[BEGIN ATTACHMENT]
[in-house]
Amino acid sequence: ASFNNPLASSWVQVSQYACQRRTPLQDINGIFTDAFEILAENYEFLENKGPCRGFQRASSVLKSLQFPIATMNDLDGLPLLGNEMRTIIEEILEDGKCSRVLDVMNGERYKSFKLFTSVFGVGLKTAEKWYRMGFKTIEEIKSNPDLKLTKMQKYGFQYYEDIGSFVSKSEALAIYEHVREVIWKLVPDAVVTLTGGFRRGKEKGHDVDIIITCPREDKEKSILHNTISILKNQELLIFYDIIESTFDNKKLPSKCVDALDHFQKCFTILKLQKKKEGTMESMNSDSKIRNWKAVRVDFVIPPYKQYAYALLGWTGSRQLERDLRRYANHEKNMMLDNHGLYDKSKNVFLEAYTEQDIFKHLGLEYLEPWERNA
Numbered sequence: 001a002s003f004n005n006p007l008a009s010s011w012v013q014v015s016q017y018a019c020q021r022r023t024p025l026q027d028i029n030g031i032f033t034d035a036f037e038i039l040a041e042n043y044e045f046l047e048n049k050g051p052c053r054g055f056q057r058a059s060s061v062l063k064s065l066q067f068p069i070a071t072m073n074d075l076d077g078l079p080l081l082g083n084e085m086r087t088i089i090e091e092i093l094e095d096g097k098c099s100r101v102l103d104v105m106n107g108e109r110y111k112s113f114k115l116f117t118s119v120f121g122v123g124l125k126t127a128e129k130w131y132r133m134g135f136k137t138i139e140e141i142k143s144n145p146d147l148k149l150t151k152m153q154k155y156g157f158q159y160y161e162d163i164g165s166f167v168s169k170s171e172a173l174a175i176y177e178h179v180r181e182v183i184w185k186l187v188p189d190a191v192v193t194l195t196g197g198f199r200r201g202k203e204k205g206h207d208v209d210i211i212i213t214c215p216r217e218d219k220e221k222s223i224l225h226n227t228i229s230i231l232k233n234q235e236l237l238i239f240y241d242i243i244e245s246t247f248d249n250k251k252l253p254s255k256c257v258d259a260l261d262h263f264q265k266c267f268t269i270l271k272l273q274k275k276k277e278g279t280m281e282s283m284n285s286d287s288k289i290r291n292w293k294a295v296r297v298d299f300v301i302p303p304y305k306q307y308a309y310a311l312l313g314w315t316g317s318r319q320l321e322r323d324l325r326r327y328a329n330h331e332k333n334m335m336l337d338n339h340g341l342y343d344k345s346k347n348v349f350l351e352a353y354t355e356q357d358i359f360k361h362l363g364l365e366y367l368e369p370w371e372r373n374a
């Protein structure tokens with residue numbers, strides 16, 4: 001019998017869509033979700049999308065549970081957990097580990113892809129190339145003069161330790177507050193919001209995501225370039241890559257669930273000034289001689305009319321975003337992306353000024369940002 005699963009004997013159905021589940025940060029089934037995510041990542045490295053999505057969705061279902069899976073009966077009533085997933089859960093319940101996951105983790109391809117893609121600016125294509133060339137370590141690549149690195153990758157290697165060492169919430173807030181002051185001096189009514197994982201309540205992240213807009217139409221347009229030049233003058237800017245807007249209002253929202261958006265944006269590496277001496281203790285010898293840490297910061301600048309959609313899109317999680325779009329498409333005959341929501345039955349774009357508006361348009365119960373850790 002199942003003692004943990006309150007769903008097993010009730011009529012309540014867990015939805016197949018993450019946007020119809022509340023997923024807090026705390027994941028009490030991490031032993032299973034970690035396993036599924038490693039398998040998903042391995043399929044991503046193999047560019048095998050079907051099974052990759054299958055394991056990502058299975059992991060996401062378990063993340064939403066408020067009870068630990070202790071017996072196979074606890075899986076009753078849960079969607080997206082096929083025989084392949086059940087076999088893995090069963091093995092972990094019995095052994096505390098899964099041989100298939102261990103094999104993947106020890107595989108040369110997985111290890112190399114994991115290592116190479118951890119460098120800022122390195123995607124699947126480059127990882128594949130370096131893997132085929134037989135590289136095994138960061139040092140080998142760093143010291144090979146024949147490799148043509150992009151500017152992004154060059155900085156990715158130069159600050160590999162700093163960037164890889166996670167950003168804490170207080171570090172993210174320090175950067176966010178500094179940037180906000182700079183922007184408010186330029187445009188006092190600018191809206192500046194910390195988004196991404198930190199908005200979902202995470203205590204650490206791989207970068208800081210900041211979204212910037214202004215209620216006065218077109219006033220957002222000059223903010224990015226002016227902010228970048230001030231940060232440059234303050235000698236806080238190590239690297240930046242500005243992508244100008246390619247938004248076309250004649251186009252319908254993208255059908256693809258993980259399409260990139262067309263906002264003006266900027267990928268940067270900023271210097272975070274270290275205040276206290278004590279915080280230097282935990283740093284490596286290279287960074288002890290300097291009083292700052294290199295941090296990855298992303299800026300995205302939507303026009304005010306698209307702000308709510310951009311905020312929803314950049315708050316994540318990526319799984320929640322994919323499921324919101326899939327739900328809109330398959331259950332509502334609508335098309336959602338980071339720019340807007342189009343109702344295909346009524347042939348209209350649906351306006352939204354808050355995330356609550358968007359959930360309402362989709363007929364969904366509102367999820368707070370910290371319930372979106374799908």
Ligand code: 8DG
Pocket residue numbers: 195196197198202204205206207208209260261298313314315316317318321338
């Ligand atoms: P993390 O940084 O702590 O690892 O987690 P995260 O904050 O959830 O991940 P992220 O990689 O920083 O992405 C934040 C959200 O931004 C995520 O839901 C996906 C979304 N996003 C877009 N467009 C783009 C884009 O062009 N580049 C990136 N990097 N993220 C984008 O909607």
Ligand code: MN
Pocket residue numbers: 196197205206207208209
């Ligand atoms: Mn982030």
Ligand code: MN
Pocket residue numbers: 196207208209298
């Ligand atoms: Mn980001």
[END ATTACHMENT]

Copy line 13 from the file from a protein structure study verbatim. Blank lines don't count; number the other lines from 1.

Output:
């Ligand atoms: Mn980001």